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The Role Of Bethmann Holloweg In The July Crisis

1099 words - 5 pages

Naturally, there are three main points offered, when analyzing the role of Bethmann-Holloweg in the July Crisis. One of them, the sympathetic viewpoint, describes the German Imperial Chancellor as a victim of circumstance, rather weak, but totally guilt-free. The more critical viewpoint assigns him the characteristics of an aggressive expansionist and finally the neutral point balances out the two. It claims that Holloweg lost control, and desired no more than a limited war. Nonetheless, it is never certain how far the Chancellor was a crucial figure.To begin with, the sympathetic, and possibly very naive view is that the Chancellor did his best to avoid war and was a peace-loving statesman. ...view middle of the document...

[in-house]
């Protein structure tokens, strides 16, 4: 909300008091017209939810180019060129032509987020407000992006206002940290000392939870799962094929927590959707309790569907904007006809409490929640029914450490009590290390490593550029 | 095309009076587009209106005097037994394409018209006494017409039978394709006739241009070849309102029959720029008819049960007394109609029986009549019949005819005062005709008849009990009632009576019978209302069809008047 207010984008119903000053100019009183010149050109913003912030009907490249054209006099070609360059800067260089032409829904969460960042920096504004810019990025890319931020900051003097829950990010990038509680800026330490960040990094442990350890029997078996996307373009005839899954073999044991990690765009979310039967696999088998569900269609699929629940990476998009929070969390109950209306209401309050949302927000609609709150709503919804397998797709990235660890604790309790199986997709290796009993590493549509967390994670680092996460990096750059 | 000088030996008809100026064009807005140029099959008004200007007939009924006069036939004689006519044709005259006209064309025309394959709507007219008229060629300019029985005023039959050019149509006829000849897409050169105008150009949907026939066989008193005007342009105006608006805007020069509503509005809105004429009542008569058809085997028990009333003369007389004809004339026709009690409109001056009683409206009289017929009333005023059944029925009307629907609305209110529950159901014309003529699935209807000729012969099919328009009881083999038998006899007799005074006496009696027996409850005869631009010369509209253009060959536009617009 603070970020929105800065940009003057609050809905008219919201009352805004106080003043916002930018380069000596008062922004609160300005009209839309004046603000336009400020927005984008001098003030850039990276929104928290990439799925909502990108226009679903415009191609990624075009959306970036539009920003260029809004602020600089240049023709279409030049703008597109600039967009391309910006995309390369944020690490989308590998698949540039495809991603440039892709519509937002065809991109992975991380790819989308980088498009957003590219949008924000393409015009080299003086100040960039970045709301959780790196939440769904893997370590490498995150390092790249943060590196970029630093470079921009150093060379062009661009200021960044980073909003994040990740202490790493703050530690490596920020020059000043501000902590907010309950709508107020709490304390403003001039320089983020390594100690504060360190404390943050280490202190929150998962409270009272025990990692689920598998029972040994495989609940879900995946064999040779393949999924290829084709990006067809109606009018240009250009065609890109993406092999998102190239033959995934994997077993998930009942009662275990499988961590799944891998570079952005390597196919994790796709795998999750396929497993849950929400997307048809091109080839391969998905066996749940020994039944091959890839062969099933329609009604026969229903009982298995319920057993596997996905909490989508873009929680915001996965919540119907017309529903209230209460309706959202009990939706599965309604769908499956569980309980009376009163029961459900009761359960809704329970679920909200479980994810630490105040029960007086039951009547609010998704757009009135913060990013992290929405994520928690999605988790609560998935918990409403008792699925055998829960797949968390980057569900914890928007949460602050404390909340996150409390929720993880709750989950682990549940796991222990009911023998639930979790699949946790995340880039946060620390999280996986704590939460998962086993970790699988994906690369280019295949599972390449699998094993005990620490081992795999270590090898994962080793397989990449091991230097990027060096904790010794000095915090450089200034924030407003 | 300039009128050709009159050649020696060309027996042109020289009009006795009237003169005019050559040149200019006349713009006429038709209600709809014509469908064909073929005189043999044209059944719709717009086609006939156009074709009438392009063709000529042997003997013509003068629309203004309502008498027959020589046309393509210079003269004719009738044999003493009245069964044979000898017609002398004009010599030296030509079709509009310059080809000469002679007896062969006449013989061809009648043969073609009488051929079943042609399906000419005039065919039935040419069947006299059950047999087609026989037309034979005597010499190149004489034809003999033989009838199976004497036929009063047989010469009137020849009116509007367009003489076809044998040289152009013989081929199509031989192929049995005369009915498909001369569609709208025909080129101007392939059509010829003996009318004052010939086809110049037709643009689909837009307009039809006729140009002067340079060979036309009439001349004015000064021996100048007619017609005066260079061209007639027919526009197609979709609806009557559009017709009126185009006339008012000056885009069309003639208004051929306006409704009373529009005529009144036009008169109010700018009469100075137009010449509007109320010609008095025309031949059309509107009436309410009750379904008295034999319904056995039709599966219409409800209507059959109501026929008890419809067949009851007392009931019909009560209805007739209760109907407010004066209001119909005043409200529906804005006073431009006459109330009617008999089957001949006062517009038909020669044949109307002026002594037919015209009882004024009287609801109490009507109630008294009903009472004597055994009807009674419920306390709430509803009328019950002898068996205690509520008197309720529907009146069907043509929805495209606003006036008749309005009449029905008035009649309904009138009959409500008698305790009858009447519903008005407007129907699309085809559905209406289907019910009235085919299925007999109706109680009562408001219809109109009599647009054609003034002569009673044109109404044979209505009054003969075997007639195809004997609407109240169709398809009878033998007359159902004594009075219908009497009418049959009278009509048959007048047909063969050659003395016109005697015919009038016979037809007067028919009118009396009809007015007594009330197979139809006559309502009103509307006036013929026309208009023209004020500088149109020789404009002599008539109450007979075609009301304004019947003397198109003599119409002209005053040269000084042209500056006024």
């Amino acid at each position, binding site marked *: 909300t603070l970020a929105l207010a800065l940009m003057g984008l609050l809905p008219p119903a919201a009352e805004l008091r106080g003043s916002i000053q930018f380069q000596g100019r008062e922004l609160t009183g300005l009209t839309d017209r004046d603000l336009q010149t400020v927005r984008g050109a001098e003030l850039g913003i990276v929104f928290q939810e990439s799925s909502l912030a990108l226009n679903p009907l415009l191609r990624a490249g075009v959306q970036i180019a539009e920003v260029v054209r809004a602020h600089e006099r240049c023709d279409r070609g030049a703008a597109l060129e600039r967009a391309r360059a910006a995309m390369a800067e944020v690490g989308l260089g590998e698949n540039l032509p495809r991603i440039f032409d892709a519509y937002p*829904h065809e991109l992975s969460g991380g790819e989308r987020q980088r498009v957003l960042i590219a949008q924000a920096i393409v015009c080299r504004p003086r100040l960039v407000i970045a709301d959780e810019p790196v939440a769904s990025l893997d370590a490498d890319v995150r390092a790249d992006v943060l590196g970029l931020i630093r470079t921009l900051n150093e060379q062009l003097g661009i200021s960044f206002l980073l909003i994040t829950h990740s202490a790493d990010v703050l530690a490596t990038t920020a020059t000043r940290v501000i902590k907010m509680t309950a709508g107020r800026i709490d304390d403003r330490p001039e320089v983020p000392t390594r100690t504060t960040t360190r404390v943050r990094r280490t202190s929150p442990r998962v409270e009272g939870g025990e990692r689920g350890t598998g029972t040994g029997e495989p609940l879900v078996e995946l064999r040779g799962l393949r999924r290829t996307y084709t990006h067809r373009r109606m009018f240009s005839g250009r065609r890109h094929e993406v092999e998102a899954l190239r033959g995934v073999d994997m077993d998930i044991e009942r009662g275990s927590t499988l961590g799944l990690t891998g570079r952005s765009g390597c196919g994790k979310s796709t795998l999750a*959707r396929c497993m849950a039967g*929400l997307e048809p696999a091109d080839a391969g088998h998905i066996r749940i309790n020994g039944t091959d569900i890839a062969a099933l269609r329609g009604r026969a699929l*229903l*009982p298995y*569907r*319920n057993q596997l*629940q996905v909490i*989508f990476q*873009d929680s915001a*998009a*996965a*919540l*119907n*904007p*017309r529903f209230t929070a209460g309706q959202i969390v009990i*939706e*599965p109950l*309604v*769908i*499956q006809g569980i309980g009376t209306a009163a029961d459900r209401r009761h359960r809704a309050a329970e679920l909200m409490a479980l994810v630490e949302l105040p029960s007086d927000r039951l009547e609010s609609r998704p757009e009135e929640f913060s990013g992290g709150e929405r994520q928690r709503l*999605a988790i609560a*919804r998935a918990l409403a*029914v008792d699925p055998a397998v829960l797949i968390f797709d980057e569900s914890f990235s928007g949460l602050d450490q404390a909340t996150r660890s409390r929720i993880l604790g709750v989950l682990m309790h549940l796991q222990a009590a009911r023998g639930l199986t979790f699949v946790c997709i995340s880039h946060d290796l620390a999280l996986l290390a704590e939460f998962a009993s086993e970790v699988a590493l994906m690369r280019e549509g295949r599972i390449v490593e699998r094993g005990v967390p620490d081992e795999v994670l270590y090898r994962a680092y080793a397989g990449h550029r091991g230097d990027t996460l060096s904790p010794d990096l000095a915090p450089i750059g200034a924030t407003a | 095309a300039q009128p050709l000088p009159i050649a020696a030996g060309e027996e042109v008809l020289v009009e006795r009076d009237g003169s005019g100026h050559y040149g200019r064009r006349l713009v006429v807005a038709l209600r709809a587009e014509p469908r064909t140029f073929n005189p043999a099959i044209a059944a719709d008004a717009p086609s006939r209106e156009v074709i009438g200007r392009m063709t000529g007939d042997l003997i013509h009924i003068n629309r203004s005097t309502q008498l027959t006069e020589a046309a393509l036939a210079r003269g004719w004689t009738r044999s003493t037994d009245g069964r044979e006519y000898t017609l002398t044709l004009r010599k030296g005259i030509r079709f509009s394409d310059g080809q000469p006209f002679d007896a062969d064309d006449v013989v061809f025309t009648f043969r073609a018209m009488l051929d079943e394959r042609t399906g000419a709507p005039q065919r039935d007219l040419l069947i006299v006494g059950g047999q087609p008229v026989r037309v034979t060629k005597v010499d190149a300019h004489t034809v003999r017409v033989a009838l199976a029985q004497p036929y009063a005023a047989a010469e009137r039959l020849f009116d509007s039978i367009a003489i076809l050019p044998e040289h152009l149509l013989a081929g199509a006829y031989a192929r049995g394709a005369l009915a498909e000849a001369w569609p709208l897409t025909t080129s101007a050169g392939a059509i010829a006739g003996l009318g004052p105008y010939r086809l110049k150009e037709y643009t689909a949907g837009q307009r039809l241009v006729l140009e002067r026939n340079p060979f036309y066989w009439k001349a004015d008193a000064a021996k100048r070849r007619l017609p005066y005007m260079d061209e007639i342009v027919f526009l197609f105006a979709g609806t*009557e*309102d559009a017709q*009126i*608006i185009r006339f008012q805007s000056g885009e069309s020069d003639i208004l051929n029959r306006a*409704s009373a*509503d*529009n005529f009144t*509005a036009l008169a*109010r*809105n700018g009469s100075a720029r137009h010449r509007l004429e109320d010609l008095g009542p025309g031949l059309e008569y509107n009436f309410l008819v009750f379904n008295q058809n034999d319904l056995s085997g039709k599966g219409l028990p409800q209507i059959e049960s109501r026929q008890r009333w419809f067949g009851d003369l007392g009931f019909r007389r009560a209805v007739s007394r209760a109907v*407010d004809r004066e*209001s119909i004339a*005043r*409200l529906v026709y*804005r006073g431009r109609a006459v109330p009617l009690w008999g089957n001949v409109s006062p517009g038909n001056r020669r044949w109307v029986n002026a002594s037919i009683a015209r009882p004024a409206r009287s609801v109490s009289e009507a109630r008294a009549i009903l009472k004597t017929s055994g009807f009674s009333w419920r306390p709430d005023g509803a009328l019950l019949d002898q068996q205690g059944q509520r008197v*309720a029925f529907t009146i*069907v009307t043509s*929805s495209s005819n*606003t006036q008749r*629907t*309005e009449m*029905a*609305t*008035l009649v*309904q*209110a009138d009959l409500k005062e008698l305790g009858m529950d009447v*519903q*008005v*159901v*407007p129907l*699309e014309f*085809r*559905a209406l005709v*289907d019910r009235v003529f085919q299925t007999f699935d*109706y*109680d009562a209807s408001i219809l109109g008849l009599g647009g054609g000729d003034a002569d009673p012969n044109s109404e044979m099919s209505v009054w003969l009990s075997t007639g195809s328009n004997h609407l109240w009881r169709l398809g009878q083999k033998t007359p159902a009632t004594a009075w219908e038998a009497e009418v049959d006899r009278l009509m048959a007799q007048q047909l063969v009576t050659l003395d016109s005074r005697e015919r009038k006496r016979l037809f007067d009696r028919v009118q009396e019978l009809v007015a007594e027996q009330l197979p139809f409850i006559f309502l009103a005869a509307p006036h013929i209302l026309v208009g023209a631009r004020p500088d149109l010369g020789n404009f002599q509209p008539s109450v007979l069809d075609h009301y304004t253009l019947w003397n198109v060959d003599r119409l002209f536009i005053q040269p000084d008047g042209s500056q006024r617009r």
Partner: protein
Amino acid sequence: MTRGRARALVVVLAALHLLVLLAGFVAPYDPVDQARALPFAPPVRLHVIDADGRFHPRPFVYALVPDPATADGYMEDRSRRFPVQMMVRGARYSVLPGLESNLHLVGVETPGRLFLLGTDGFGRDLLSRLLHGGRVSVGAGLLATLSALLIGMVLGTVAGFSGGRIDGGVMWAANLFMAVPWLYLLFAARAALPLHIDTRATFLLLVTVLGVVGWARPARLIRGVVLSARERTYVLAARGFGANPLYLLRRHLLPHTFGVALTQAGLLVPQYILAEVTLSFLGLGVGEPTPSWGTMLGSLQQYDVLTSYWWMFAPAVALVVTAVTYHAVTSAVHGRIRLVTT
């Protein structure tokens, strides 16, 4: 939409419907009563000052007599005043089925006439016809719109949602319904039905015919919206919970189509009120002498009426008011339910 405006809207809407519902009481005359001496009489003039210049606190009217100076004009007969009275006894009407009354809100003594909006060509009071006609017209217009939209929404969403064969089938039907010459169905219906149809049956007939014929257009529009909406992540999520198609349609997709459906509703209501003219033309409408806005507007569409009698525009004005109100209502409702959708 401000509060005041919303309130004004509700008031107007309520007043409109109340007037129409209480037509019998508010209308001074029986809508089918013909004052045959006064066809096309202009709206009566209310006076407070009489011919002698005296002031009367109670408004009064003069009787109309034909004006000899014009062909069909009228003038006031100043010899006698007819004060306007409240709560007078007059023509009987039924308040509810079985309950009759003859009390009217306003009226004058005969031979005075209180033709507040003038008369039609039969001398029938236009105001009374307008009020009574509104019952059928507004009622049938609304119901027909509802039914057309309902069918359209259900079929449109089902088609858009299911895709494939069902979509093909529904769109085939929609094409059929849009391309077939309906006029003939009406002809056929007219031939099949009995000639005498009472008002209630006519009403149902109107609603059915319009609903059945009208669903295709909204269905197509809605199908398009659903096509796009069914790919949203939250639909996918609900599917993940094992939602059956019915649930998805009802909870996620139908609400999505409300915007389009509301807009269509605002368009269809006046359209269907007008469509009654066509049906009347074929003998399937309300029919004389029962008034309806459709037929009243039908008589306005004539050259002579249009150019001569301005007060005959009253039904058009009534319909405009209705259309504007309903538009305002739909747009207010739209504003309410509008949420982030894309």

This suggests that Holloweg tried to maintain peace, however due to external influence he lost control and there was no way out. Furthermore, on 26th July, the military had gathered behind him and there is evidence that General Moltke was taking so much initiative, it was no longer clear whether him or Holloweg actually ruled Berlin. Finally, the optimism of the general Staff completely overcast Holloweg's failing battle: '...military now gained the ascendancy over the civilians'. Consequently, this optimistic viewpoint suggests that Holloweg had no definite war aims and tried to maintain peace.However, the more rational, but also extremist, critical viewpoint sees Holloweg's aims coinciding with those of the Generals and industrialists. Supported by a historian Fischer, this view suggests that Holloweg's ideas were much more elaborated. Fischer claims that Holloweg was close to such military extremists like General Ludendorff. He also claims that Holloweg had far-reaching war aims, which followed closely the ideas of leading German industrialists and the Pan German League. These ideas were stated in an influential memorandum on 9th September: '...France must be so wakened, that she cannot again rise as a Great Power, Russia must be pushed as far as possible from the German frontier, and her rule over non-Russian subject peoples must be broken'. More so, Fischer accentuates that these were formulated before the war had begun and that Holloweg had close links with industrialists such as Walther Ratheneau, who exerted expansionist ideas upon him. Holloweg's private comments full of doubts and apprehensions, such as 'the more distant future is quite dark' and 'in a few years the Russians would be here anyway', suggest that he considered war inevitable. Furthermore, they can be interpreted as 'excuses' for Holloweg's actions which were to trigger a world war. It is also important to note that he has only consulted 12 people over main decisions, namely these were from the Court, the German foreign Office and the General staff. All these groups coincided in the war-aims, none tried to actually...

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